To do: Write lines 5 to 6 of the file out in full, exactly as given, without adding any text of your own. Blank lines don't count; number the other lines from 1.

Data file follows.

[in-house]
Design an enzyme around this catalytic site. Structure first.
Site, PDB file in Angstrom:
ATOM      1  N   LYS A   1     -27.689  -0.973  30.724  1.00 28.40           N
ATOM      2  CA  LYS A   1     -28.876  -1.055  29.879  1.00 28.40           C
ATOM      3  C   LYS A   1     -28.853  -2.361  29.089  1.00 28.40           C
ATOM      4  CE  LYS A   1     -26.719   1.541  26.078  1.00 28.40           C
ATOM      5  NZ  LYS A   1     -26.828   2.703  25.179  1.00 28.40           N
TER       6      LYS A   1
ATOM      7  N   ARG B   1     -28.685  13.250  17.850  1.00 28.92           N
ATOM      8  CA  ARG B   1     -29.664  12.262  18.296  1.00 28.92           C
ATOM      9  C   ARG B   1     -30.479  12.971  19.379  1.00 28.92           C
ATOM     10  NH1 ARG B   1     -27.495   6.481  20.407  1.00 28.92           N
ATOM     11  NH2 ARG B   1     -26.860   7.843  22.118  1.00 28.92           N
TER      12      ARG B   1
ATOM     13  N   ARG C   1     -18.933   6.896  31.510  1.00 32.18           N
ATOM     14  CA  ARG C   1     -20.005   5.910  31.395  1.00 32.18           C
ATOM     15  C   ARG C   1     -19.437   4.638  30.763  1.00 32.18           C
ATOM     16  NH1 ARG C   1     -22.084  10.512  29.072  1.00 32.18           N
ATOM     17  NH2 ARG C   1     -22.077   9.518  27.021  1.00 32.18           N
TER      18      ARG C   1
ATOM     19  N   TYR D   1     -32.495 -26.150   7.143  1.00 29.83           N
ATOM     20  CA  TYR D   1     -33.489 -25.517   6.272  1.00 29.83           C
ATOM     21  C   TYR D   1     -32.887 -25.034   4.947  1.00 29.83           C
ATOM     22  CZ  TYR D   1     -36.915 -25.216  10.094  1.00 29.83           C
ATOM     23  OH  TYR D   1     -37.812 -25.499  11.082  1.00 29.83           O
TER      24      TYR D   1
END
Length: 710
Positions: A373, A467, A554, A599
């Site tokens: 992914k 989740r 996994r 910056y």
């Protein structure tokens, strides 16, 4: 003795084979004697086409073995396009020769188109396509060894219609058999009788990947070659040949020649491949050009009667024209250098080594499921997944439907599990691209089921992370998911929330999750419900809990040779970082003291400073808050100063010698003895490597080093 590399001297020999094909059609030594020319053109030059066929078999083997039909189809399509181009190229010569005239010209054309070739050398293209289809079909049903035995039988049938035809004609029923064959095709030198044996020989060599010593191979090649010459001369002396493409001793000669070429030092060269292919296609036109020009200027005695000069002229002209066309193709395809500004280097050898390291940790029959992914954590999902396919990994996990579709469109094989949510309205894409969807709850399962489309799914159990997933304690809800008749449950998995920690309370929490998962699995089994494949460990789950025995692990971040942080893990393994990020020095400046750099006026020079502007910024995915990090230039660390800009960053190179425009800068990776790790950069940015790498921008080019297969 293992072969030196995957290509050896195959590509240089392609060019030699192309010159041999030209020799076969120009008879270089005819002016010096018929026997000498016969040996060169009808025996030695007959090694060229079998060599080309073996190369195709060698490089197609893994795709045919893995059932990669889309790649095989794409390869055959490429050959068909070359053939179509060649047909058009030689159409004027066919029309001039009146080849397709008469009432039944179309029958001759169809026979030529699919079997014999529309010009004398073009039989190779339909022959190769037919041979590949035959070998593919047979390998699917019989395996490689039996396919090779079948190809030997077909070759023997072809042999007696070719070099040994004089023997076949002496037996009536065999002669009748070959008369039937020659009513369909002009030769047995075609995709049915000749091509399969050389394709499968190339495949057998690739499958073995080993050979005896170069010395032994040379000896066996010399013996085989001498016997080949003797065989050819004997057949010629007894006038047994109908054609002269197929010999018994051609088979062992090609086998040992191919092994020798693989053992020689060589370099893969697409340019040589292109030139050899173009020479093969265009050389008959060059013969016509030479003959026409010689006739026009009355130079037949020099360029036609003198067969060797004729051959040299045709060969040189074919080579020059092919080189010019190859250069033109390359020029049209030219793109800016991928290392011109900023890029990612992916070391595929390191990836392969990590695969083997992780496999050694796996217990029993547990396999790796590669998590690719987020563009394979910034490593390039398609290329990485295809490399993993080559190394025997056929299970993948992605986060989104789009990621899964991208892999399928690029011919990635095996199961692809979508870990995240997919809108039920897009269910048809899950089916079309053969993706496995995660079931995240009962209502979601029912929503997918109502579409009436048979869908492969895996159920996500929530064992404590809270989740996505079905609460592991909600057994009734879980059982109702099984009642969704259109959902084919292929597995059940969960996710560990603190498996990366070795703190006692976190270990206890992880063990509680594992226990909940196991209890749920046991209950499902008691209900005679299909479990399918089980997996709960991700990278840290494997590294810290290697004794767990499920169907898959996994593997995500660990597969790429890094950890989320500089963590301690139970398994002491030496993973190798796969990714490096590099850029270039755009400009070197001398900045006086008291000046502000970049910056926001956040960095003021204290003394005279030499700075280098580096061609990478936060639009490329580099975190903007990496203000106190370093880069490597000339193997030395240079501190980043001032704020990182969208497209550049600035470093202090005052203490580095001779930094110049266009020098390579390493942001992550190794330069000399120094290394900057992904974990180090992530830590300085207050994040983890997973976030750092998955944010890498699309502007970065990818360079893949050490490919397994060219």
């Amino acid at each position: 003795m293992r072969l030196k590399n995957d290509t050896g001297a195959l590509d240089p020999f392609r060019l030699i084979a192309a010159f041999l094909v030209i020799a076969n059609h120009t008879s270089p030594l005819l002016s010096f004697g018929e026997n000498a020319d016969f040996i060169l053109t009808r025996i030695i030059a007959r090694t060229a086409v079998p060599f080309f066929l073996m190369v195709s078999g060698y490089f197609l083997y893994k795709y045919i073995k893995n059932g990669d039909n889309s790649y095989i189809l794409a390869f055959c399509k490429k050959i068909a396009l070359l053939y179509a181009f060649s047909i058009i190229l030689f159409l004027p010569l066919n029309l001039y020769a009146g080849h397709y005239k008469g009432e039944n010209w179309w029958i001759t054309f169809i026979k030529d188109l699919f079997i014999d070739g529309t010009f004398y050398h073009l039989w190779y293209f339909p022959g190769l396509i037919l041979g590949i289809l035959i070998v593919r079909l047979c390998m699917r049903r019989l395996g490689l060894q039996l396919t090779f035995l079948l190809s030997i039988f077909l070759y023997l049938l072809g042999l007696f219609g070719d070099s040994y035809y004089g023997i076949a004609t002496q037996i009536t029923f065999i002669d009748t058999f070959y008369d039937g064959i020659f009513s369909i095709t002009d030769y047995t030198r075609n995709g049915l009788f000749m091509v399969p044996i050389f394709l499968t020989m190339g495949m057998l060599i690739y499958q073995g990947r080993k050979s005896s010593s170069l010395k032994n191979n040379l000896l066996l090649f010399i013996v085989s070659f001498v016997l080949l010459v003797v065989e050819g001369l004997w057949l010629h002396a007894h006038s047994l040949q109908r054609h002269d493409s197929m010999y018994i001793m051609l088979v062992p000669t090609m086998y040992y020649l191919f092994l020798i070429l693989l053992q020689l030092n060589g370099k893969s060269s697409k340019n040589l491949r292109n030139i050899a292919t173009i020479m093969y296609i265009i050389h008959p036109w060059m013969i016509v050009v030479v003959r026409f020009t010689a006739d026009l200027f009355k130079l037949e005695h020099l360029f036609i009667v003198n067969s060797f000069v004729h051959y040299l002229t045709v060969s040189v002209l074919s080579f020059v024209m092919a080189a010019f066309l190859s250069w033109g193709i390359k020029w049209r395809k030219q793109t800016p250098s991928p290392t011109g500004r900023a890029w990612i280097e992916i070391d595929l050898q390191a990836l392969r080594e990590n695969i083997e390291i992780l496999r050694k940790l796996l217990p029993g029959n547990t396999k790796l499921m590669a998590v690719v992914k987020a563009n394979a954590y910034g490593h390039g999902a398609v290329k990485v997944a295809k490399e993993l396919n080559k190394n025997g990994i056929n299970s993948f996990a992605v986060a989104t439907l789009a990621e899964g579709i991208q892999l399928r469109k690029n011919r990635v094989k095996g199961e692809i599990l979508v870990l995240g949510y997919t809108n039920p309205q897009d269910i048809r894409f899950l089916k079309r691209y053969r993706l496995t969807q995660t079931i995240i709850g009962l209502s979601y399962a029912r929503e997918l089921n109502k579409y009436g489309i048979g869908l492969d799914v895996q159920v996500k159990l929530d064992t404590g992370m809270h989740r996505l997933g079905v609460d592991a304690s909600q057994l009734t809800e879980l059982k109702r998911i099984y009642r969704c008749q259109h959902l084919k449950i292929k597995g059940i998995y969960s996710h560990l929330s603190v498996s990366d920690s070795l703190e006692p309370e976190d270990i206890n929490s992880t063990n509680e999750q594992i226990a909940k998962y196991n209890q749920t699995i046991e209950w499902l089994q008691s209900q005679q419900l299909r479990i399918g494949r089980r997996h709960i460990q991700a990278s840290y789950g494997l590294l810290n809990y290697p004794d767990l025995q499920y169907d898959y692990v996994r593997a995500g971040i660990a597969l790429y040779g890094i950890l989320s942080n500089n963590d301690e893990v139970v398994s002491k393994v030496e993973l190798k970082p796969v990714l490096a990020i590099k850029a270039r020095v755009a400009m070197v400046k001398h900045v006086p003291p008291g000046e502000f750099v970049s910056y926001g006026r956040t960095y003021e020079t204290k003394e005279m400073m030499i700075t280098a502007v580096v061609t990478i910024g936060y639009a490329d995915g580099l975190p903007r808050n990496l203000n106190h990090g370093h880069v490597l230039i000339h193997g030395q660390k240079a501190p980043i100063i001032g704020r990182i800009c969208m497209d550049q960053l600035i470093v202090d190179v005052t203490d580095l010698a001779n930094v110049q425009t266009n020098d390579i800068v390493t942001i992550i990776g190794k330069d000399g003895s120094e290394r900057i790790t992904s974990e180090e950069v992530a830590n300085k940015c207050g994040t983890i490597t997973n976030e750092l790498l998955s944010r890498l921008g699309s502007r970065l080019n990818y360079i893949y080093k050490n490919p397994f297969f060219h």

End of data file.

ATOM      2  CA  LYS A   1     -28.876  -1.055  29.879  1.00 28.40           C
ATOM      3  C   LYS A   1     -28.853  -2.361  29.089  1.00 28.40           C